Archive for ‘photography’ category


I just returned from New Zealand, where I spoke at Webstock. I am tired. I had a tremendous time. I was amazed at the quality of the organization of the conference. I loved the branding that was found on everything from the t-shirt to the speakers’ dinner menus. I saw many old friends and met new ones. I think my talk went over pretty well. I missed out on a lot of the talks due to being obsessive about my slides. I found out I’m not the only one that does that.

I took a lot of pictures. I rented a car and drove up through the center of the North Island and back. I was scared to drive on the opposite side of the road. I loved the espresso in Wellington, in particular People’s Coffee which was free throughout the conference. I’d like to attend more conferences that dispense free, high-quality espresso. I wish I could’ve visited the South Island. I really should’ve enabled mobile roaming before I left the country. I think kiwis are extremely friendly people. I found out that the term kiwi comes from the bird and not the fruit.

I never had a February 11, 2008. I missed my family terribly. I’m calling New Zealand “earth concentrate”, where a two-hour drive can take you through 10 different landscapes. I saw a few movie stars at the hotel in Wellington. I left my iPhone USB cable at a motel near Lake Taupo. I paid $39NZ for a new iPhone USB cable. I am thankful and honored for having to the opportunity to travel so far to talk about web design. I’ll be forever grateful to the hard-working Webstock organizers, in particular Natasha Hall and Mike Brown.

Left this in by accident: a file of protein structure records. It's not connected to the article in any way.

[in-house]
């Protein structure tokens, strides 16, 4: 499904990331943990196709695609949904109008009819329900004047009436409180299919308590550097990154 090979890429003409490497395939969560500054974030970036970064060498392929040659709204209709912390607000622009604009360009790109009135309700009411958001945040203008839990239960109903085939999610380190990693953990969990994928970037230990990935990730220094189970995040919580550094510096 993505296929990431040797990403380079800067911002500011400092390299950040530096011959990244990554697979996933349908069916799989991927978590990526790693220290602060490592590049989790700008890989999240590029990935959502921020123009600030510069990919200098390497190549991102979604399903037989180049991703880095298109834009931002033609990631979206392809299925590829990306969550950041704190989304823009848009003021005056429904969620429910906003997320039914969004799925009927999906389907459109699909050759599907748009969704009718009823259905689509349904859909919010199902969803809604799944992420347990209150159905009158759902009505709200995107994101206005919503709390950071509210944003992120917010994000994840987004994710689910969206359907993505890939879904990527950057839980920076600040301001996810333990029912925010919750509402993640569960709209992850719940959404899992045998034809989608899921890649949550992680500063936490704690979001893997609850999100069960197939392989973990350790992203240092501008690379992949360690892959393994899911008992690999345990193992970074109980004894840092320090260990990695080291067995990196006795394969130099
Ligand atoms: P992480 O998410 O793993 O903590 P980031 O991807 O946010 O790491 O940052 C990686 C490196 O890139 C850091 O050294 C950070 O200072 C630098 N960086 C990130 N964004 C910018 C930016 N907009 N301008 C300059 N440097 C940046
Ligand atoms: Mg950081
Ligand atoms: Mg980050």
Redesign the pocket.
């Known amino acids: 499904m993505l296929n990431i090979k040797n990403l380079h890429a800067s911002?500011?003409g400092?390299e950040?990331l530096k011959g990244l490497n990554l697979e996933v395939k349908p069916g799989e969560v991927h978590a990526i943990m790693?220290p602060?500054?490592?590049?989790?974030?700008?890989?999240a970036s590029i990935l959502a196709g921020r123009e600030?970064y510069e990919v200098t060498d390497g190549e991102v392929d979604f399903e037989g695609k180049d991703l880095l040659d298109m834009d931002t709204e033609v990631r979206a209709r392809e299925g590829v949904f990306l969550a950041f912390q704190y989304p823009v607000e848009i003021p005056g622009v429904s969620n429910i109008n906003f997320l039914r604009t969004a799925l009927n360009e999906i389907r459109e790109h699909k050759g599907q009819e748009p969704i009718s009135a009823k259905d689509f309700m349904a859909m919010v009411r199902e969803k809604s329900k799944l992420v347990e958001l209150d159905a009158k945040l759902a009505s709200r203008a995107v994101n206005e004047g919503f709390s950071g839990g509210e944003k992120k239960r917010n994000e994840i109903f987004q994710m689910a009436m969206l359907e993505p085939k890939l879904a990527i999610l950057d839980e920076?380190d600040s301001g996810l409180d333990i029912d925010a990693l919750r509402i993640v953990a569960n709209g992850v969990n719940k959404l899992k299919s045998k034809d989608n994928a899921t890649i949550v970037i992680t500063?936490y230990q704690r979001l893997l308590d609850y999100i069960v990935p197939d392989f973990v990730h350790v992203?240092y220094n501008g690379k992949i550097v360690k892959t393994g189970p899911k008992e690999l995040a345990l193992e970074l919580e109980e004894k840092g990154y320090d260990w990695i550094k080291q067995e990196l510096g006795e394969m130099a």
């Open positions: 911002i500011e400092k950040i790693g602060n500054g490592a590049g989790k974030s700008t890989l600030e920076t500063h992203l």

I think I’ll post this, just as it is.

Middle West

I’ve been meaning to write up some thoughts on last week’s “An Event Apart Chicago”: It was my first trip to the city in the middle west that sits on a big lake. Hot dogs were eaten. “Cheezborgers”: were inhaled. Deep dish pizza was shoveled. I was inflated. Chicago is without a doubt a food city — but how the heck does anyone stay under 300 lbs. there?
The event itself _was excellent_. Of course it was excellent. Whenever you get a bunch of great speakers and cool attendees under one roof for a few days, that’s the way it’s going to go. But there are other reasons why this particular show was a success.
In my opinion: one track continues to rule. It rules because you don’t have to decide where to go and what to miss. But it also rules because the conversations in the hallways and pubs can be centered around the same sessions. There’s no “ah, I missed that one because I saw ______ instead”. There’s a complete shared experience between all attendees, and that’s a very good thing.
On the opposite end of the spectrum is SXSW, which will have approximately 23,867 panel sessions next year. Maybe we’ll be able to talk about one of them together. Maybe we’ll also bump into each other at that party on Sixth. Or more likely, we’ll leave feeling like we’ve missed the _real_ conference.
Another key to the single track at AEA: breaks. And a lot of them. An hour is a long time to sit, and a nice break after every session really helps. It also helps in that it gives more opportunity to chat with people. And you can chat about the session that just happened while it’s fresh. It seems obvious, but not every event is structured like this.
I’m bummed I missed “Liz Danzico”:’s The Seven Lies of Information Architecture talk. But I was busy freaking out about my session that immediately followed, going over slides up to the last minute, as usual.
“Derek Featherstone”: wowed us with a “semantically rich crossword puzzle styled with CSS”: